In response to Zubair A Motiwala’s suggestion advocating immediate privatization of DISCOs for enhanced efficiency, the Managing Director of PPIB revealed an alternative government strategy. Rather than divesting the DISCOs outright, the government is contemplating a different approach: granting them long-term management contracts spanning 10 to 15 years.

These contracts would entail predefined performance benchmarks, set targets, required capital investments, and the potential for profit-sharing based on achieved improvements.

The MD-PPIB further elaborated that active work is already in progress on this proposal, supported by financial assistance from the International Finance Corporation (IFC).

A decision regarding this innovative strategy is expected to be presented before the Cabinet within the forthcoming weeks.

Motiwala recommended that if the government considers disinvestment, it should concurrently focus on making strategic investments to augment the infrastructure base of the DISCOs.

Lt General Sajjad Ghani (Retd), Chairman Wapda clarified Wapda’s current role, highlighting its focus on power project development and generation, having transferred distribution and transmission responsibilities a decade ago. Wapda manages 22 hydel power stations with over 10,000MW capacity and aims to reach 21,000MW in 3-5 years, propelled by projects like Diamer Basha and Dasu Dam.

Asif Inam, Vice President, Federation of Pakistan Chambers of Commerce & Industry (FPCCI) highlighted Pakistan’s pressing energy crisis. He noted the country’s electricity prices, which are over twice the rates of neighbouring nations. This discrepancy is due to IPPs securing a 70% return on electricity generation.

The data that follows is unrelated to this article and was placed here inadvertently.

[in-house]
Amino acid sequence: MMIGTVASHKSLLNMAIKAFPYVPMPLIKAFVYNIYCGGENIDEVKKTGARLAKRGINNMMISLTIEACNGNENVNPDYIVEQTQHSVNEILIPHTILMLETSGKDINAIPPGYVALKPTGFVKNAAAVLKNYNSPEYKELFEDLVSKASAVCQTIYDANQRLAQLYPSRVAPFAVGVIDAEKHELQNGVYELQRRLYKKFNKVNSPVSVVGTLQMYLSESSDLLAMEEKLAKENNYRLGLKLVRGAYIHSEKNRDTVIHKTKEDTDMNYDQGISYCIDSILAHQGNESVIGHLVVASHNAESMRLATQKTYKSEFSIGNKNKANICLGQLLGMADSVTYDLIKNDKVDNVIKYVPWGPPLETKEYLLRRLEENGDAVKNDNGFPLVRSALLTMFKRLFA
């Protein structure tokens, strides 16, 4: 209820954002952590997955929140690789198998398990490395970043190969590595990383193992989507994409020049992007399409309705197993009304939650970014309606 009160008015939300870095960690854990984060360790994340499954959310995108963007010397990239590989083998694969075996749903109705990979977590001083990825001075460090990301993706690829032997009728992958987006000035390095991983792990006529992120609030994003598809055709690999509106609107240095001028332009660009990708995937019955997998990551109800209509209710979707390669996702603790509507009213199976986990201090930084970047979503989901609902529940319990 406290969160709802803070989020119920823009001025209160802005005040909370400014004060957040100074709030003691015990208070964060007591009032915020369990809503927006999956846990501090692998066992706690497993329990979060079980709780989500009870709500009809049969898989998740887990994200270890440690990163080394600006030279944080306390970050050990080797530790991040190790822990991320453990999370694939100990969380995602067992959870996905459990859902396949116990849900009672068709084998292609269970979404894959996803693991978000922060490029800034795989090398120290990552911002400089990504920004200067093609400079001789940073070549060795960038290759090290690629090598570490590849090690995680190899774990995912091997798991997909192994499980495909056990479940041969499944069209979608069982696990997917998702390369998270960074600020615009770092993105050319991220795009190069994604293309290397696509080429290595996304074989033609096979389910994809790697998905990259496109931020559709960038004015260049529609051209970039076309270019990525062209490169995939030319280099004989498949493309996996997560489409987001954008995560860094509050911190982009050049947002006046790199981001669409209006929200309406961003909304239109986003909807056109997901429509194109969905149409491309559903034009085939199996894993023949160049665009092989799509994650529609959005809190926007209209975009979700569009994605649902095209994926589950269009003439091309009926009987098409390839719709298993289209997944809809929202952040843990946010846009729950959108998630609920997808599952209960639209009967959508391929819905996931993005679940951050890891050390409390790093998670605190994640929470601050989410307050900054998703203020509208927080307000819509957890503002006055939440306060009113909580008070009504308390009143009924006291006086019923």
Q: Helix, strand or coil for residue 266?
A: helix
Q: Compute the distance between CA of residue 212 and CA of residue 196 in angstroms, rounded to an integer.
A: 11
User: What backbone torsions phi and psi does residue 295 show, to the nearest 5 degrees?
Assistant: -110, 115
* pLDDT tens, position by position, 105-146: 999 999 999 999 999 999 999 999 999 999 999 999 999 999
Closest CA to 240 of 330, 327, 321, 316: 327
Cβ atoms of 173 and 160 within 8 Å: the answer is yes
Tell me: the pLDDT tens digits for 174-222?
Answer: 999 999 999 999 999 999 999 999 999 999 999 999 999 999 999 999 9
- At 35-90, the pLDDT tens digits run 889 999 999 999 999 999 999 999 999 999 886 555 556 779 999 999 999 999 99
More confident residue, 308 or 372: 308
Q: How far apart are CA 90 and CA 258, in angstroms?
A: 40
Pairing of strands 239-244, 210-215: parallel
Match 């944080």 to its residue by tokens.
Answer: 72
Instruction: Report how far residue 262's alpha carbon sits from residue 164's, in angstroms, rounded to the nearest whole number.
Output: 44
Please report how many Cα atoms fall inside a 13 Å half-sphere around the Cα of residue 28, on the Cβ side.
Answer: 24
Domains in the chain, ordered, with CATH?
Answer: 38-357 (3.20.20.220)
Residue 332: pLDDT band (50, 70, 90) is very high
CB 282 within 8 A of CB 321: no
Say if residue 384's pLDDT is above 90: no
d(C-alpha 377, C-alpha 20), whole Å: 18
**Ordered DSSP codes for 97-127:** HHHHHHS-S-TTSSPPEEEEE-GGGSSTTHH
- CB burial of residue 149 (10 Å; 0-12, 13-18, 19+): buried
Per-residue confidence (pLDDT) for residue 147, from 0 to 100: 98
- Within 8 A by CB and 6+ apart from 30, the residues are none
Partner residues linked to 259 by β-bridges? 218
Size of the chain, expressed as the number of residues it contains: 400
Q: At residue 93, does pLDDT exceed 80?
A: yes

Depletion of alternative energy sources and high unit prices, required to cover excessive installed capacity, have led to a drop in the export to GDP ratio to 13%. Inam suggested spreading the electricity debt across all sectors, not solely on consumers, and proposed providing gas to industries to potentially boost production by 50 percent.

Mohammad Zubair Motiwala, ex-President of Karachi Chamber of Commerce and CEO of TDAP, raised concerns about Pakistan’s high electricity prices hurting the competitiveness of its exports, especially in textiles. He cited Bangladesh as an example, earning $40 billion in exports by offering cheap electricity, gas, and labour to attract investments.

Motiwala cautioned against increasing power projects without enough demand, as it would raise costs for existing consumers due to underutilization of current capacity in industries.

Tauseef H Farooqi, former NEPRA Chairman, noted achievements during his tenure, including a 10-year plan for renewable energy expansion, system reforms for renewable acceptance, and promoting competition among energy distributors. He emphasized the vital need for consistent government policies to attract private sector investment in the energy sector.

Irfan Munawar Gill, Managing Partner at Islamabad Law Chambers, noted similarities between current issues and past challenges. The 1992 restructuring plan, though promising on paper, faced implementation issues.

Copyright Business Recorder, 2024